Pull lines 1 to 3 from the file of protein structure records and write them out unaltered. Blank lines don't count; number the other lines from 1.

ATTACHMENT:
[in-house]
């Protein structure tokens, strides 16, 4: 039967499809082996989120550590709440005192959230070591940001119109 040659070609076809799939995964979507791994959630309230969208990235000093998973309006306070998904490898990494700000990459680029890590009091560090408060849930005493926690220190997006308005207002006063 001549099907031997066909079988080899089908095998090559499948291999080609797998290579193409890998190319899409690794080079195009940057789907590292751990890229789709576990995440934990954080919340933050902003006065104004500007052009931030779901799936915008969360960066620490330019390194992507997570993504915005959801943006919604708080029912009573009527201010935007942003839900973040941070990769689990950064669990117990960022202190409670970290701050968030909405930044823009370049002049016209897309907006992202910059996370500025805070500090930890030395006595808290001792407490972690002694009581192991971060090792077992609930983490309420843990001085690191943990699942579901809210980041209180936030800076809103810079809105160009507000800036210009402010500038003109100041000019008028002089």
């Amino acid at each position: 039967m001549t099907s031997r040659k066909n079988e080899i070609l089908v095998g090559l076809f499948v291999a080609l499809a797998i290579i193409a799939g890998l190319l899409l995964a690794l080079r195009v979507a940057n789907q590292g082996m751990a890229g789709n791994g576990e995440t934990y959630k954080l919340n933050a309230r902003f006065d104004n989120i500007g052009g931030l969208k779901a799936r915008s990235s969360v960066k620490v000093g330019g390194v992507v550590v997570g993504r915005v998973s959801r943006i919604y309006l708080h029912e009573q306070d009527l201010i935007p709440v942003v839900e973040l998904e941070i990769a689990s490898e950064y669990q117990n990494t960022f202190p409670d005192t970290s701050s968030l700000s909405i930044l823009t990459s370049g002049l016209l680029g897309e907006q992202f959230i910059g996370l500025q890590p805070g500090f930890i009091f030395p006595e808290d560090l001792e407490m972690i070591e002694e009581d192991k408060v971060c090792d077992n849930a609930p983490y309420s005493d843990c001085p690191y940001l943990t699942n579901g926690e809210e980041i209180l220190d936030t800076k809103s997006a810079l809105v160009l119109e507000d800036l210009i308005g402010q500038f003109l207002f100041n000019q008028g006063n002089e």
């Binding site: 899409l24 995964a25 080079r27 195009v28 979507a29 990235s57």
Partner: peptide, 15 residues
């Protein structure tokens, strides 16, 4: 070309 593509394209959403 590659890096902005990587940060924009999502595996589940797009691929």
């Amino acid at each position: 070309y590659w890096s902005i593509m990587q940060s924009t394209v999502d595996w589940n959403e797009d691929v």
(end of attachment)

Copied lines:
[in-house]
């Protein structure tokens, strides 16, 4: 039967499809082996989120550590709440005192959230070591940001119109 040659070609076809799939995964979507791994959630309230969208990235000093998973309006306070998904490898990494700000990459680029890590009091560090408060849930005493926690220190997006308005207002006063 001549099907031997066909079988080899089908095998090559499948291999080609797998290579193409890998190319899409690794080079195009940057789907590292751990890229789709576990995440934990954080919340933050902003006065104004500007052009931030779901799936915008969360960066620490330019390194992507997570993504915005959801943006919604708080029912009573009527201010935007942003839900973040941070990769689990950064669990117990960022202190409670970290701050968030909405930044823009370049002049016209897309907006992202910059996370500025805070500090930890030395006595808290001792407490972690002694009581192991971060090792077992609930983490309420843990001085690191943990699942579901809210980041209180936030800076809103810079809105160009507000800036210009402010500038003109100041000019008028002089």
């Amino acid at each position: 039967m001549t099907s031997r040659k066909n079988e080899i070609l089908v095998g090559l076809f499948v291999a080609l499809a797998i290579i193409a799939g890998l190319l899409l995964a690794l080079r195009v979507a940057n789907q590292g082996m751990a890229g789709n791994g576990e995440t934990y959630k954080l919340n933050a309230r902003f006065d104004n989120i500007g052009g931030l969208k779901a799936r915008s990235s969360v960066k620490v000093g330019g390194v992507v550590v997570g993504r915005v998973s959801r943006i919604y309006l708080h029912e009573q306070d009527l201010i935007p709440v942003v839900e973040l998904e941070i990769a689990s490898e950064y669990q117990n990494t960022f202190p409670d005192t970290s701050s968030l700000s909405i930044l823009t990459s370049g002049l016209l680029g897309e907006q992202f959230i910059g996370l500025q890590p805070g500090f930890i009091f030395p006595e808290d560090l001792e407490m972690i070591e002694e009581d192991k408060v971060c090792d077992n849930a609930p983490y309420s005493d843990c001085p690191y940001l943990t699942n579901g926690e809210e980041i209180l220190d936030t800076k809103s997006a810079l809105v160009l119109e507000d800036l210009i308005g402010q500038f003109l207002f100041n000019q008028g006063n002089e």